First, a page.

0 (disabled)
0 (data mode)
0 (disabled)
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7.6
Address 2: Detect Integrator Limit (DIL)/Drift Hold Time (DHT)
Table 7-4.
Address
Detect Integrator/Drift Hold Time
Bit 7
Bit 6
2
Bit 5
Bit 4
Bit 3
Bit 2
DIL
Bit 1
Bit 0
DHT
DIL: the detection integrator (DI) limit. To suppress false detections caused by spurious events like electrical noise,
the device incorporates a DI counter mechanism. A per-key counter is incremented each time the channel has
exceeded its threshold and stayed there for a number of acquisitions in succession, without going below the
threshold level. When this counter reaches a preset limit the channel is finally declared to be touched. If on any
acquisition the delta is not seen to exceed the threshold level, the counter is cleared and the process has to start
from the beginning.
Note:
A setting of 0 for DI is invalid; the valid range is 1 to 15.
DHT: the drift hold time. After a key-touch has been removed, the QT1110 pauses in the implementation of its “Drift”
compensation for a time. After this time has expired, drift compensation continues as normal. The Drift Hold Time is
a multiple of 160 ms, providing options from 0 to 2400 ms.
Default DIL value:
Default DHT value:
7.7
3
8 (1280 ms)
Address 3: Positive Threshold (PTHR)/Positive Hysteresis (PHYST)
Table 7-5.
Address
Positive Threshold (THR)/Positive Hystereis (HYST)
Bit 7
Bit 6
3
Bit 5
Bit 4
PTHR
Bit 3
Bit 2
Bit 1
Bit 0
PHYST
PTHR: the positive threshold for the signal. If a key signal is significantly higher than the reference signal, this
typically indicates that the calibration data is no longer valid. In other words, some factor has changed since the
calibration was carried out, thus rendering it invalid. Generally this is compensated for by the drift, but the greater the
difference the longer this will take. In order to speed up this correction, the positive threshold is used: if the positive
threshold is exceeded, the QT1110 (that is, all keys) is recalibrated.
PHYST: positive hysteresis. This setting provides a greater degree of control over the implementation of the positive
threshold recalibration. The positive hysteresis operates as a “modifier” for the positive threshold. When a key signal
is detected as being over the positive threshold, the positive threshold is reduced by a factor corresponding to the
positive hysteresis so that the key will not go in and out of positive detection when the signal is on the borderline
between drift-compensation of a positive error or recalibration.
The settings for positive hysteresis are:
00 = No change to positive threshold
01 = 12.5% reduction in positive-detect threshold
10 = 25% reduction in positive-detect threshold
11 = 37.5% reduction in positive-detect threshold
Default PTHR value:
Default PHYST value:
4 (4 counts above reference)
2 (25% positive hysteresis)
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7.8
Address 4: Positive Drift Compensation (PDRIFT)
Table 7-6.
Positive Drift Compensation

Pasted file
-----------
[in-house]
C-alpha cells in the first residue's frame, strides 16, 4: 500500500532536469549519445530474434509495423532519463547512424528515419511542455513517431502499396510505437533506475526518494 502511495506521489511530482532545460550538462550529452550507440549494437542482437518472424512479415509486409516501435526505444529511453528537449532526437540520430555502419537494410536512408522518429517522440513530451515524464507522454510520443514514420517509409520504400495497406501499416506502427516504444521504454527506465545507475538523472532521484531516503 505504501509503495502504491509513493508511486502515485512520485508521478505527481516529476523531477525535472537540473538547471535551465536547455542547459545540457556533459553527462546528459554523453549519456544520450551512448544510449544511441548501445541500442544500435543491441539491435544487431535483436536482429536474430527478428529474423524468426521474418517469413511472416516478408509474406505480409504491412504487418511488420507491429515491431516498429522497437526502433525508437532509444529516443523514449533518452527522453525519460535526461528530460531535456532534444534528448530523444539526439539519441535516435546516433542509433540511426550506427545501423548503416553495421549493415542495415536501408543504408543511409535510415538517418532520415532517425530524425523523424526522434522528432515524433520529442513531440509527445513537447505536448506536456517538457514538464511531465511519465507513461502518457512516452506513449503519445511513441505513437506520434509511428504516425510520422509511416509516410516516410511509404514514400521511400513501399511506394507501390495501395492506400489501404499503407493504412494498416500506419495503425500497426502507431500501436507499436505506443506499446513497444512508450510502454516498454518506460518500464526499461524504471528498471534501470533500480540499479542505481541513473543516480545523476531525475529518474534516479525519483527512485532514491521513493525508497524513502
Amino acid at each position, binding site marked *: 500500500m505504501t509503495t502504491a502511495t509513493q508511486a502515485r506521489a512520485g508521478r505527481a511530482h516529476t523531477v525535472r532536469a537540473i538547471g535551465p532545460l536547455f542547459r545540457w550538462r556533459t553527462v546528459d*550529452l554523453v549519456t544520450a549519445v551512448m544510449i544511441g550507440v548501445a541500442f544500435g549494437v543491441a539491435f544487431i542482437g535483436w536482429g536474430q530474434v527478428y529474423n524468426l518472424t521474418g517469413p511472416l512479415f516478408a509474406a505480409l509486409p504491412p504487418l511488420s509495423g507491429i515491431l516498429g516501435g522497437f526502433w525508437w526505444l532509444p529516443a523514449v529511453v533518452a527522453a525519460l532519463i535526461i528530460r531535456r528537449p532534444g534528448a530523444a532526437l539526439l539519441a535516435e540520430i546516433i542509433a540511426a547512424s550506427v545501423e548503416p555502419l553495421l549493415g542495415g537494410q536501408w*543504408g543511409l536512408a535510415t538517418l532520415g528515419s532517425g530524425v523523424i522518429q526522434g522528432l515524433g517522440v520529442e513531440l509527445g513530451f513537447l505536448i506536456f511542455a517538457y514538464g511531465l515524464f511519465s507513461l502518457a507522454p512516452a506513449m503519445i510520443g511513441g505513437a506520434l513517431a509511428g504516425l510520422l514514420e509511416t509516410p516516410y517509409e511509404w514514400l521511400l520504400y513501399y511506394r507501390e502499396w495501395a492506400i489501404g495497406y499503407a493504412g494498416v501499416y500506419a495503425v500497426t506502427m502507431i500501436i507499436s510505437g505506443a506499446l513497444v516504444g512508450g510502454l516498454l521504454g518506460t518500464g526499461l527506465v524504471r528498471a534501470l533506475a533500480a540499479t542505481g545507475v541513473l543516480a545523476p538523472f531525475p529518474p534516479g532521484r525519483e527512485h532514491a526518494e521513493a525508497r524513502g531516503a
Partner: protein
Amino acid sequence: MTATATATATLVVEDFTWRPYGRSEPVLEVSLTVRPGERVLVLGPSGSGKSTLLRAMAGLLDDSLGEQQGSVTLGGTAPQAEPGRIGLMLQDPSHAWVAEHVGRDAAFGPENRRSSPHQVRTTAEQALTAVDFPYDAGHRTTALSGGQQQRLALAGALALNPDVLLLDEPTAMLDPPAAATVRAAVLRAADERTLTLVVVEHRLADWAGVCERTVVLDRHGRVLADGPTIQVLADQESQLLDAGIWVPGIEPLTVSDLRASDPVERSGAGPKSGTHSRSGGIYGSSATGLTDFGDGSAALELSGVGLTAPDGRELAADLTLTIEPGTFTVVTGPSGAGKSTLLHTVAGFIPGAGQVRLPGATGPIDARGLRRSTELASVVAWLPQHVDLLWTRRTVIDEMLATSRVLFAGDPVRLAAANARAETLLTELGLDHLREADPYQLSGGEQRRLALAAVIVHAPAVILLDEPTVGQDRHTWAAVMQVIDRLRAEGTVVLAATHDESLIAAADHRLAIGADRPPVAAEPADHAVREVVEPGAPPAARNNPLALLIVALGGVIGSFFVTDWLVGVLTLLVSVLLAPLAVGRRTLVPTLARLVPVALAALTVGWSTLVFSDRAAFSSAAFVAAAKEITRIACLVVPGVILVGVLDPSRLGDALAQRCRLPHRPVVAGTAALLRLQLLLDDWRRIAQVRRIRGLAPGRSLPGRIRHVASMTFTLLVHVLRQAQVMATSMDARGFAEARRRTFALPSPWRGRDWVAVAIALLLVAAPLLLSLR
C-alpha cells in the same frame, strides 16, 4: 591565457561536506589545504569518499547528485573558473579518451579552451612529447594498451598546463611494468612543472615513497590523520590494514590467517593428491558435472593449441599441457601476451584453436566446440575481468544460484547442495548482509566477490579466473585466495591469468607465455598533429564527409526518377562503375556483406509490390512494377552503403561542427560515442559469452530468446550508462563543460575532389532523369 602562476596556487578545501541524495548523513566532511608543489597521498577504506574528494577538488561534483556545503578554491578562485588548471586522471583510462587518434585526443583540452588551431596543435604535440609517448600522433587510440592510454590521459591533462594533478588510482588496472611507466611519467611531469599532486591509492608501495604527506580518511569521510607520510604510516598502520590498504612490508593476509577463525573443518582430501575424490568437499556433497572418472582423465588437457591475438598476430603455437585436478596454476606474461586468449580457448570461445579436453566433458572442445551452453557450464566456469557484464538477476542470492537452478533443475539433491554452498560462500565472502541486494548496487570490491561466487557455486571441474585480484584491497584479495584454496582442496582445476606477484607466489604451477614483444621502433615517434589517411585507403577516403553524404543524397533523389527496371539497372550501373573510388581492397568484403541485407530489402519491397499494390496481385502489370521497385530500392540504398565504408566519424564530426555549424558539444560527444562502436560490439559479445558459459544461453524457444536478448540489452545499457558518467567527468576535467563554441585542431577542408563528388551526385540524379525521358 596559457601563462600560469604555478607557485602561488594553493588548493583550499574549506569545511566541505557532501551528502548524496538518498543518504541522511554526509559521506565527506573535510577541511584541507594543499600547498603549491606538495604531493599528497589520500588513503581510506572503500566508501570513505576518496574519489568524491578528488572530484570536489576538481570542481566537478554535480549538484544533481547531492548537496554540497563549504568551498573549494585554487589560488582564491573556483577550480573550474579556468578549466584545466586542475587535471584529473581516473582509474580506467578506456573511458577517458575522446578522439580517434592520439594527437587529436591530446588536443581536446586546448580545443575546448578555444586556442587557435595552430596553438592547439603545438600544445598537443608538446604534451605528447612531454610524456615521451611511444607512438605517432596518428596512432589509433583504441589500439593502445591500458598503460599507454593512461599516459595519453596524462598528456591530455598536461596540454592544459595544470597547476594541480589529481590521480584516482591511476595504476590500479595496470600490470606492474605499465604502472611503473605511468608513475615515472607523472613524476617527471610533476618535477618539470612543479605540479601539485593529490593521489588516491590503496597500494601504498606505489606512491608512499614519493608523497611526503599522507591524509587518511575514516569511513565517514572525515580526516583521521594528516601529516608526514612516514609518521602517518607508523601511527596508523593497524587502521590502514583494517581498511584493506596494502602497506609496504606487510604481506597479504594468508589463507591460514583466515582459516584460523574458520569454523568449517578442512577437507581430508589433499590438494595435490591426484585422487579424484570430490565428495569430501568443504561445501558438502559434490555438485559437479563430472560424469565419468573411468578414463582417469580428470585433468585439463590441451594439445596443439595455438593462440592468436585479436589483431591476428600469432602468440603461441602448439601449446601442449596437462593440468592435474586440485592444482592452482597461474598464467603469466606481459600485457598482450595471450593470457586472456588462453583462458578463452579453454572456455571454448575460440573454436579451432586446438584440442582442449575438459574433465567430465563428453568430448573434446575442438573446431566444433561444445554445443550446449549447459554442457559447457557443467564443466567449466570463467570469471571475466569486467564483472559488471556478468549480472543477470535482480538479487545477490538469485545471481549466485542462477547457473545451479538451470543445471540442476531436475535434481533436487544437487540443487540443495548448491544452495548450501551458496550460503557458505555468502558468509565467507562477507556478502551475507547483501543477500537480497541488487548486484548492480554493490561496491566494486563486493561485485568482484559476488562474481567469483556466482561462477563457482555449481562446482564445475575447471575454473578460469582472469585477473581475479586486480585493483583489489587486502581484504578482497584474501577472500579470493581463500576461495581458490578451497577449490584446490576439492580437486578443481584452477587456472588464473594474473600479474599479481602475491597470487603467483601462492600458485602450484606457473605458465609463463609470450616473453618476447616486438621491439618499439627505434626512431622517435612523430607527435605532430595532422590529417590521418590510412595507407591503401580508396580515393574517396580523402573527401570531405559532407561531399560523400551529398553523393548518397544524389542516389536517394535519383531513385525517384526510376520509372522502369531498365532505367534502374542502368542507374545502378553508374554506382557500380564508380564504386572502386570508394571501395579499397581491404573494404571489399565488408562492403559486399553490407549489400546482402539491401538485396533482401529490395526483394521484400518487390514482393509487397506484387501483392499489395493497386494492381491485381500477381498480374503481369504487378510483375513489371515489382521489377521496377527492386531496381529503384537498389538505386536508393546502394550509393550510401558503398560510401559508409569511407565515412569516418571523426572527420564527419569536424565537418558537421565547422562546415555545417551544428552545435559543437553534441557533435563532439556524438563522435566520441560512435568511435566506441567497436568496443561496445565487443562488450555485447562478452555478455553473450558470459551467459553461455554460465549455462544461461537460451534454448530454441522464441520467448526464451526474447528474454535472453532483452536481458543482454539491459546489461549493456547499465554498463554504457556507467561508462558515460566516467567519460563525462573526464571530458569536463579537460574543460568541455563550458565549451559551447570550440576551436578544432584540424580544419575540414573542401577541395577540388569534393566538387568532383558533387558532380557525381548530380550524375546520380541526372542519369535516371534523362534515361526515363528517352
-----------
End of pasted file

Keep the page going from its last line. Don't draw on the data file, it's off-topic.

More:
Address
Bit 7
4
0
Bit 6
Bit 5
Bit 4
Bit 3
Bit 2
Bit 1
Bit 0
PDRIFT
When changing ambient conditions cause a change in the key signal, the QT1110 will compensate through its drift
functions. Positive Drift refers to the case where the signal for a key is greater than the reference.
Drift compensation occurs at a rate of 1 count per drift compensation period.
PDRIFT: the drift compensation period, in multiples of 160 ms. The valid range is 0 to 127, where 0 disables positive
drift compensation.
Note:
Drift compensation timing is paused while Drift Hold is activated, and continued when Drift Hold has timed
out.
Default value:
7.9
6 (960 ms)
Address 5: Positive Recalibration Delay (PRD)
Table 7-7.
Address
Positive Recalibration Delay
Bit 7
Bit 6
Bit 5
Bit 4
5
Bit 3
Bit 2
Bit 1
Bit 0
PRD
If a key signal is determined to be above the positive threshold, the QT1110 will wait for this delay and confirm that
the error condition is still present before initiating a recalibration.
PRD: the positive recalibration delay, in multiples of 160 ms.
Note:
All keys are recalibrated in the case of a positive recalibration.
Default value:
7.10
6 (960 ms)
Address 6: Lower Burst Limit (LBL)
Table 7-8.
Address
Lower Burst Limit
Bit 7
Bit 6
6
Bit 5
Bit 4
Bit 3
Bit 2
Bit 1
Bit 0
LBL
Normal QTouch signals are in the range of 100 to 1000 counts for each key. The lower burst limit determines the
minimum signal that is considered as a valid acquisition. If the count is lower than the lower burst limit, it is
considered not to be valid and the key is set to an Error state.
Note:
Where a key has a signal of less than the LBL, a detection is not reported on that key.
Default value:
18
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7.11
Addresses 7 – 8: AKS Mask
Table 7-9.
Address
AKS Mask
Bit 7
Bit 6
Bit 5
Bit 4
Bit 3
7
8
AKS_7
AKS_6
AKS_5
AKS_4
Bit 2
Bit 1
Bit 0
AKS_10
AKS_9
AKS_8
AKS_2
AKS_1
AKS_0
AKS_3
AKS_n (AKS Mask): 0 = key n AKS disabled, 1 = key n AKS enabled (where n is 0–10).
These bits control which keys have AKS enabled (see Section 3. on page 9). A “1” means the corresponding key has
AKS enabled; a 0 means that the corresponding key has AKS disabled.
Default AKS mask:
7.12
0x07 and 0xFF (all keys have AKS enabled)
Addresses 9 – 15: Detect0 – Detect6 PWM
Each of the 7 detect pins can be configured to output a PWM signal to indicate whether the key is touched (in detect)